Cholesterol supplementation in plant-based diets for rainbow trout (Oncorhynchus mykiss)
Total replacement of marine oils and proteins with plant proteins and oils in rainbow trout diets reduces growth performance and feed intake. It has been suggested that this is due to the presence of growth factors present in marine products but absent in plant ingredients. One putative factor is cholesterol. Thus, the effect of supplementing cholesterol with and without dietary polyunsaturated fatty acids in plant-based diets fed to rainbow trout was investigated in two experiments. In both experiments, the experimental period was 12 weeks and fish were weighed on day 0 and 84. Fish were fed to satiation twice daily. All diets were formulated to contain 43.0% crude protein (as is basis) and 92.0% digestible energy (as is basis). In Experiment 1, there were 8 experimental diets arranged in a 2 x 4 factorial design, with 2 levels of PUFA (olive oil or olive oil + linseed oil) and 4 levels of cholesterol (0.00, 0.05, 0.10 and 0.15%) added using synthetic cholesterol. Rainbow trout (n=13/tank; initial body weight 13.4 g and 3 tanks/treatment) were randomly assigned to one of the 8 diets. Between days 28 – 35, there was an outbreak of bacterial cold water disease (BCWD) (Flavobacterium psychrophilum). Fish fed the olive oil-based diets had significantly higher mortalities than fish fed the olive/linseed oil diets. The interaction between PUFA level and cholesterol was significant for average daily feed intake (ADFI) and near significant for average daily gain (ADG) (P = 0.085) and specific growth rate (SGR) (P = 0.082). The experiment was therefore reanalyzed using regression analysis. Fish fed the olive oil-based diets had significantly increased ADG, SGR and feed intake when cholesterol levels were increased, while there was no significant effect of cholesterol level on growth parameters of fish fed the olive oil + linseed oil-based diets. In Experiment 2, there were 6 experimental diets arranged in a 2 x 3 factorial design, with 2 levels of PUFA (olive oil or olive oil + linseed oil) and 3 levels of cholesterol (0.00, 0.075 and 0.15%) added using synthetic cholesterol. Rainbow trout (n=20/tank; initial body weight 27.7 g and 4 tanks/treatment) were randomly assigned to one of 6 diets and fed to satiety 2x daily for 84 days. Growth and feed intake were measured over the entire experimental period and at the end of the trial, blood and liver samples were taken from 4 fish per tank for measurement of cholesterol. There was a trend towards increased ADG (P = 0.089) and SGR (P = 0.082) with increasing cholesterol levels. There were no clinical signs of disease and both main effects and interactions were not significant for mortality. There were no significant effects of cholesterol, effects of PUFA level or an effect of the interaction between the two factors on serum or hepatic cholesterol levels in the fish. However, values for cholesterol content in both blood serum and hepatic tissue samples were found to be lower in the high PUFA diets, than those in the low PUFA diets (1.80 mg/g vs. 2.00 mg/g in hepatic tissue and 2.39 mg/ml vs. 2.66 mg/ml in serum). The results of the two experiments suggest that cholesterol is a conditionally limiting nutrient in rainbow trout and one constituent of marine products that improves growth when supplemented in a completely plant-based diet.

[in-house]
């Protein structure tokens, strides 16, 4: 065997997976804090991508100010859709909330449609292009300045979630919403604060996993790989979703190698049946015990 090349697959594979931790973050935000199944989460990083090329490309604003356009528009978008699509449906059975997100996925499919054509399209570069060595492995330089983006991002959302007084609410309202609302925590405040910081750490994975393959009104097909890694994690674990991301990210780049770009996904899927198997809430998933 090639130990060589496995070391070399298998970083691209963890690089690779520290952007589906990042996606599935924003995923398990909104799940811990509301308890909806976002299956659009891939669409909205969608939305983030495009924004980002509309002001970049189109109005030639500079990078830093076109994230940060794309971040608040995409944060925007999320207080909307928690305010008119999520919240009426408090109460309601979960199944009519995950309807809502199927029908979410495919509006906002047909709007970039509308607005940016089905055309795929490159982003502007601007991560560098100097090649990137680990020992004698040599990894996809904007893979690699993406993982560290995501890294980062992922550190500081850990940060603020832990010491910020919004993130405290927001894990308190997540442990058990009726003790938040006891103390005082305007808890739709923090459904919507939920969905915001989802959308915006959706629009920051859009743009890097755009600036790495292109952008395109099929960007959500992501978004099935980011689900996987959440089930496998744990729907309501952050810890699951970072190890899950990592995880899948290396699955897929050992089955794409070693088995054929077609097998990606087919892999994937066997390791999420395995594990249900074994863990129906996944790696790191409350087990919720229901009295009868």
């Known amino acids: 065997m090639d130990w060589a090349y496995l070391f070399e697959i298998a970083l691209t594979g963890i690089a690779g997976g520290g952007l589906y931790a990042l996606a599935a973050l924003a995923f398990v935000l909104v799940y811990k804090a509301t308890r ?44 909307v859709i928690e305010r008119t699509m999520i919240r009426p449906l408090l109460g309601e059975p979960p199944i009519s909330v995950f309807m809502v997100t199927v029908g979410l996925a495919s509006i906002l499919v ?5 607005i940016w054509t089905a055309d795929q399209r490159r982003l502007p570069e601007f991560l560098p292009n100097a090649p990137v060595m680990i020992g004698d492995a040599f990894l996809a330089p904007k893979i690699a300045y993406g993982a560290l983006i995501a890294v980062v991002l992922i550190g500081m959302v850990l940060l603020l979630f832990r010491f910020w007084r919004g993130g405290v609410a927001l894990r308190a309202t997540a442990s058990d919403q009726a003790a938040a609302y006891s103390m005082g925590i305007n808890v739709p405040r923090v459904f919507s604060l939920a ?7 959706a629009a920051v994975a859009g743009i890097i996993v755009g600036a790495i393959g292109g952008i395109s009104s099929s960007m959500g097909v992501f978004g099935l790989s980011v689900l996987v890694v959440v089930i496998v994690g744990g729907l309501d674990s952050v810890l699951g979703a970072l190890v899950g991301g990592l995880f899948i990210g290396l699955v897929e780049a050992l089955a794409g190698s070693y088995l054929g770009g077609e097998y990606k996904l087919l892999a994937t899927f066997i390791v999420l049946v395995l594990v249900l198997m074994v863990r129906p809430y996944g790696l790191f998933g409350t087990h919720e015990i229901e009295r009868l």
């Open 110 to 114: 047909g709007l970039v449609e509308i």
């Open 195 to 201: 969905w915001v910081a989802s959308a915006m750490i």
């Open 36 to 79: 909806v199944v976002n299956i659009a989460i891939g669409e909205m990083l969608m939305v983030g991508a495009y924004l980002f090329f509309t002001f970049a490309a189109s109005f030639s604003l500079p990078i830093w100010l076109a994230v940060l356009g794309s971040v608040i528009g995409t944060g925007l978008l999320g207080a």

DegreeMaster of Science (M.Sc.)
DepartmentAnimal and Poultry Science
CommitteeLaarveld, Bernard; Campbell, Leigh
Copyright DateNovember 2011
rainbow trout, cholesterol, growth, polyunsaturated fatty acids, flax oil, linseed oil, olive oil